In order to prioritize my mental and emotional wellbeing, an important skill for a future healthcare provider, I take a break every once in a while to collaborate on TikTok challenges with my friends.
As long as it’s in the right context, personal updates are great. They show who you are and what you value outside of education, which will make you a well-rounded healthcare provider.
While an update letter should tell all the new and evolving ways that you’re great, it’s also important to be humble and gracious when describing your accomplishments. An attitude of gratitude is key for these letters.
Remember: One of the most-prized competencies that admissions committees look for in an applicant is teamwork. Acknowledge that your accomplishments occur within a greater context of people who support you and make the dream a reality.
Similarly, consider humility when it comes to your tone. Don’t start your letter with an accusatory statement like, “It’s been a few months since I heard from you,” or “I would have expected to hear by this point in the cycle, given my numerous accomplishments.”
It’s a little like sending a text that says, “How dare you ghost ME? I’m WAY out of your league.”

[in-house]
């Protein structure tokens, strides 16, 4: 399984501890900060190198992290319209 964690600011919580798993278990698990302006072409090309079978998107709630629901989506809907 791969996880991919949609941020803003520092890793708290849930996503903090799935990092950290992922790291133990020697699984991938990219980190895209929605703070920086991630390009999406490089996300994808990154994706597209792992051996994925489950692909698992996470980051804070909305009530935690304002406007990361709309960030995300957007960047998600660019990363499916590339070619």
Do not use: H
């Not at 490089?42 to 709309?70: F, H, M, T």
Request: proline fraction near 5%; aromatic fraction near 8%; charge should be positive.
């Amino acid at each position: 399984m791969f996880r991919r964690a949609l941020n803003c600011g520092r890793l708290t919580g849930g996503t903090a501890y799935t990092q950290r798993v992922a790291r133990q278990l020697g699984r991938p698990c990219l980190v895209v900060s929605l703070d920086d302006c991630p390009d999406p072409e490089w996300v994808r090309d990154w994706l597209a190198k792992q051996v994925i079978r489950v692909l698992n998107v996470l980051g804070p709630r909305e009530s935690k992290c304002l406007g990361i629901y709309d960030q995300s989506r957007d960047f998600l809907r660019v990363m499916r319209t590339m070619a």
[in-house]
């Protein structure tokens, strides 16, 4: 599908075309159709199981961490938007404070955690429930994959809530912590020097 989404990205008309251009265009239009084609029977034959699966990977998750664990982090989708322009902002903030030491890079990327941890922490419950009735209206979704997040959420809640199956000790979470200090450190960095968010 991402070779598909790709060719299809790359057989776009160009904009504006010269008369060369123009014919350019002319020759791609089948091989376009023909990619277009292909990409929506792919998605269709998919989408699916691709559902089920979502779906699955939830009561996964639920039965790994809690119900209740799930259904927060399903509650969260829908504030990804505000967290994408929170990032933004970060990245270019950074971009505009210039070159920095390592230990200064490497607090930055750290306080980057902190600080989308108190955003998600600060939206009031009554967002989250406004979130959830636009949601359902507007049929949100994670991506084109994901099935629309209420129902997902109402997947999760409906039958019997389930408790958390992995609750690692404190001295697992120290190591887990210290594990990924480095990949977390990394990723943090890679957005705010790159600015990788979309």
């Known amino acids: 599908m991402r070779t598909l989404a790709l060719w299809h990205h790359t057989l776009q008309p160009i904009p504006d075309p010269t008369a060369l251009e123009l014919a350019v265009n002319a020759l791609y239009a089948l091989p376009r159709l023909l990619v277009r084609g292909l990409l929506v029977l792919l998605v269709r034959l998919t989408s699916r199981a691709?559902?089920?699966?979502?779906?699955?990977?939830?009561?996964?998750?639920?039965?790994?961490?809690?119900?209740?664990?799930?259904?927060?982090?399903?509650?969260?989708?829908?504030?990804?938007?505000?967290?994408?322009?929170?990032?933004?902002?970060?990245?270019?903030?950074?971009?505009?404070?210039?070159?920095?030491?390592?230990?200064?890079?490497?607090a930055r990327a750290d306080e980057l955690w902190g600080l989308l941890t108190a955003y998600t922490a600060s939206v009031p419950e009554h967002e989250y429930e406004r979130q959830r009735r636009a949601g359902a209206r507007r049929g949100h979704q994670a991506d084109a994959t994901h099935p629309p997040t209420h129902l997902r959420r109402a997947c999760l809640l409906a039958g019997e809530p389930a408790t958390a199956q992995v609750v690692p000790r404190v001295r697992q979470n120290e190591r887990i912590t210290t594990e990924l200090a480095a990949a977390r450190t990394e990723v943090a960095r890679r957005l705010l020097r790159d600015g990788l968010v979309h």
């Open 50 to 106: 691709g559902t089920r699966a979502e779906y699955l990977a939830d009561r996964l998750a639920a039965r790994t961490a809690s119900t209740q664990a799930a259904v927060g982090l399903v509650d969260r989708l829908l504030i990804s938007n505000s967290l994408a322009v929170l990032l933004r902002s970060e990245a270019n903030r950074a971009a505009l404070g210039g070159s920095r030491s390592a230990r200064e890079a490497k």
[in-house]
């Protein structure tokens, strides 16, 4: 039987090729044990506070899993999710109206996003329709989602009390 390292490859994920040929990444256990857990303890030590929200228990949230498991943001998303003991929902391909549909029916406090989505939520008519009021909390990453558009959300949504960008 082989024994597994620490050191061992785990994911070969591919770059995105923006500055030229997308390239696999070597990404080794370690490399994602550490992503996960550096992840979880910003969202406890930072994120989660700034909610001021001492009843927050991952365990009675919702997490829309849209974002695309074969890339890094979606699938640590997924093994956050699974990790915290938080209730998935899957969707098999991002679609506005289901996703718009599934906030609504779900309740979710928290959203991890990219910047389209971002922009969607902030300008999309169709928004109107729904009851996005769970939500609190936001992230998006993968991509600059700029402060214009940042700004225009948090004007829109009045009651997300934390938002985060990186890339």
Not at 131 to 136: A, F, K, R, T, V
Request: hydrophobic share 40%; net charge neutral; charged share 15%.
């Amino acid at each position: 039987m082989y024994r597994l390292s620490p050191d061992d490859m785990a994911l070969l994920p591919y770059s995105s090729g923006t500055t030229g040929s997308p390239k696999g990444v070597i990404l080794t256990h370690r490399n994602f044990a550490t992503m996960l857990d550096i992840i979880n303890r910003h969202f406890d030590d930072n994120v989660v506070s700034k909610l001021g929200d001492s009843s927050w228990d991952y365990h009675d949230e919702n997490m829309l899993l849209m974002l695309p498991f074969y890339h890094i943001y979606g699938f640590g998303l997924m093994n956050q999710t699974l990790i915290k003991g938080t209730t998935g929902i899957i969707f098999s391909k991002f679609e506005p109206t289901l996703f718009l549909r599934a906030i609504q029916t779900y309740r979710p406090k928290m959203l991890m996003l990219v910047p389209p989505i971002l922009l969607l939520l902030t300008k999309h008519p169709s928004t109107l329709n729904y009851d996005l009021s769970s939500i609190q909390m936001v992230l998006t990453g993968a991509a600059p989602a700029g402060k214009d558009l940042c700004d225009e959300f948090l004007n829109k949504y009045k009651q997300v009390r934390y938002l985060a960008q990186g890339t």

Just don’t do it.
Consider something like this:
The opportunity to have an article on hypertensive rats published in the New England Journal of Medicine was certainly an honor, but it would not have been possible without such a supportive and dedicated research team. I look forward to continuing such important work as a student at School of My Dreams.
Your accomplishments are, of course, meaningful and important to you, but you have to make them meaningful to schools as well. Why should they care that these milestones or achievements occurred in your life? What does that prepare you to do, specifically, at their program? Be specific here, and avoid regurgitating information you see on a program’s website. They know all about their own curriculum–why does it work for YOU? They know their mission statement–why does YOUR volunteer work prepare you to carry out their vision?
My recent Nobel Peace Prize has prepared me to support School of My Dreams’ dedication to upholding equity and diversity in medicine. I share these values, and would be honored by the opportunity to earn an education at School of My Dreams.